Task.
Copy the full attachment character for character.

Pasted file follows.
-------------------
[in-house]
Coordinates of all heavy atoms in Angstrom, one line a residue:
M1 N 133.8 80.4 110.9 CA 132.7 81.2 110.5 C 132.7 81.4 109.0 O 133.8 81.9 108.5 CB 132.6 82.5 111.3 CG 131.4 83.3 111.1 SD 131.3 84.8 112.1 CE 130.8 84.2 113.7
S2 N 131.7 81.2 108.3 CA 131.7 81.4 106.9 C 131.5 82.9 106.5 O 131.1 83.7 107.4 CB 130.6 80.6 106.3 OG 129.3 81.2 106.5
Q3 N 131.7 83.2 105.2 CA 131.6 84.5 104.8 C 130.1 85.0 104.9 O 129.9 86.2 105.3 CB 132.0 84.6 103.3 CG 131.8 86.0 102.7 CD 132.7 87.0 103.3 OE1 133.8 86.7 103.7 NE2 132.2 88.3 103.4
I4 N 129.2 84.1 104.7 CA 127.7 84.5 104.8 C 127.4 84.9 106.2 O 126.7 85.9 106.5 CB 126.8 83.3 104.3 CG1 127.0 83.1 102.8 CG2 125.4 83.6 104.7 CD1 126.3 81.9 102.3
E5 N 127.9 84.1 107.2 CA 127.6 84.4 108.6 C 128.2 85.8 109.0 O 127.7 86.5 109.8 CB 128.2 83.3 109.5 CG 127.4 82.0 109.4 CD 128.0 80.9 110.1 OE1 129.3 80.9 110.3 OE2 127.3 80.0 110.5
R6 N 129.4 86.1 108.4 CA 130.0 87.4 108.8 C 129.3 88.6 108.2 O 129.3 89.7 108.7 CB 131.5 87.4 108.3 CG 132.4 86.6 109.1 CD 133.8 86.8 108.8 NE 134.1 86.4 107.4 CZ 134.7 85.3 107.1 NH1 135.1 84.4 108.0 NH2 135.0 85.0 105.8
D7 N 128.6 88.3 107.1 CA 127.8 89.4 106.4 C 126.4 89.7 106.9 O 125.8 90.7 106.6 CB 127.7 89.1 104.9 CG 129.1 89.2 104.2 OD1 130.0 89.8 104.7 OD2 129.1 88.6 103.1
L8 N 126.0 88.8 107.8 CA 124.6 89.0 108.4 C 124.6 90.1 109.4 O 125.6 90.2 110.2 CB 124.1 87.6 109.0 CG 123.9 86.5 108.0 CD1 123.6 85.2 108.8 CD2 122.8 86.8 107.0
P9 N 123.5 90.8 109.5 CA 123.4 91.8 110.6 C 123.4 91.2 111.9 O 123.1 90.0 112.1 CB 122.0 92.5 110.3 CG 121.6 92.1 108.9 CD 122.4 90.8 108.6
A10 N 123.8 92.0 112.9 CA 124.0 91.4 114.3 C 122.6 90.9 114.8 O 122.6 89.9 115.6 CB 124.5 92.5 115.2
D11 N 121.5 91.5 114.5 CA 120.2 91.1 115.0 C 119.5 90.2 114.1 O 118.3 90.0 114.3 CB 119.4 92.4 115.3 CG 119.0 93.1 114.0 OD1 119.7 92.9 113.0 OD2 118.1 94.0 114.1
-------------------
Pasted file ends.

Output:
[in-house]
Coordinates of all heavy atoms in Angstrom, one line a residue:
M1 N 133.8 80.4 110.9 CA 132.7 81.2 110.5 C 132.7 81.4 109.0 O 133.8 81.9 108.5 CB 132.6 82.5 111.3 CG 131.4 83.3 111.1 SD 131.3 84.8 112.1 CE 130.8 84.2 113.7
S2 N 131.7 81.2 108.3 CA 131.7 81.4 106.9 C 131.5 82.9 106.5 O 131.1 83.7 107.4 CB 130.6 80.6 106.3 OG 129.3 81.2 106.5
Q3 N 131.7 83.2 105.2 CA 131.6 84.5 104.8 C 130.1 85.0 104.9 O 129.9 86.2 105.3 CB 132.0 84.6 103.3 CG 131.8 86.0 102.7 CD 132.7 87.0 103.3 OE1 133.8 86.7 103.7 NE2 132.2 88.3 103.4
I4 N 129.2 84.1 104.7 CA 127.7 84.5 104.8 C 127.4 84.9 106.2 O 126.7 85.9 106.5 CB 126.8 83.3 104.3 CG1 127.0 83.1 102.8 CG2 125.4 83.6 104.7 CD1 126.3 81.9 102.3
E5 N 127.9 84.1 107.2 CA 127.6 84.4 108.6 C 128.2 85.8 109.0 O 127.7 86.5 109.8 CB 128.2 83.3 109.5 CG 127.4 82.0 109.4 CD 128.0 80.9 110.1 OE1 129.3 80.9 110.3 OE2 127.3 80.0 110.5
R6 N 129.4 86.1 108.4 CA 130.0 87.4 108.8 C 129.3 88.6 108.2 O 129.3 89.7 108.7 CB 131.5 87.4 108.3 CG 132.4 86.6 109.1 CD 133.8 86.8 108.8 NE 134.1 86.4 107.4 CZ 134.7 85.3 107.1 NH1 135.1 84.4 108.0 NH2 135.0 85.0 105.8
D7 N 128.6 88.3 107.1 CA 127.8 89.4 106.4 C 126.4 89.7 106.9 O 125.8 90.7 106.6 CB 127.7 89.1 104.9 CG 129.1 89.2 104.2 OD1 130.0 89.8 104.7 OD2 129.1 88.6 103.1
L8 N 126.0 88.8 107.8 CA 124.6 89.0 108.4 C 124.6 90.1 109.4 O 125.6 90.2 110.2 CB 124.1 87.6 109.0 CG 123.9 86.5 108.0 CD1 123.6 85.2 108.8 CD2 122.8 86.8 107.0
P9 N 123.5 90.8 109.5 CA 123.4 91.8 110.6 C 123.4 91.2 111.9 O 123.1 90.0 112.1 CB 122.0 92.5 110.3 CG 121.6 92.1 108.9 CD 122.4 90.8 108.6
A10 N 123.8 92.0 112.9 CA 124.0 91.4 114.3 C 122.6 90.9 114.8 O 122.6 89.9 115.6 CB 124.5 92.5 115.2
D11 N 121.5 91.5 114.5 CA 120.2 91.1 115.0 C 119.5 90.2 114.1 O 118.3 90.0 114.3 CB 119.4 92.4 115.3 CG 119.0 93.1 114.0 OD1 119.7 92.9 113.0 OD2 118.1 94.0 114.1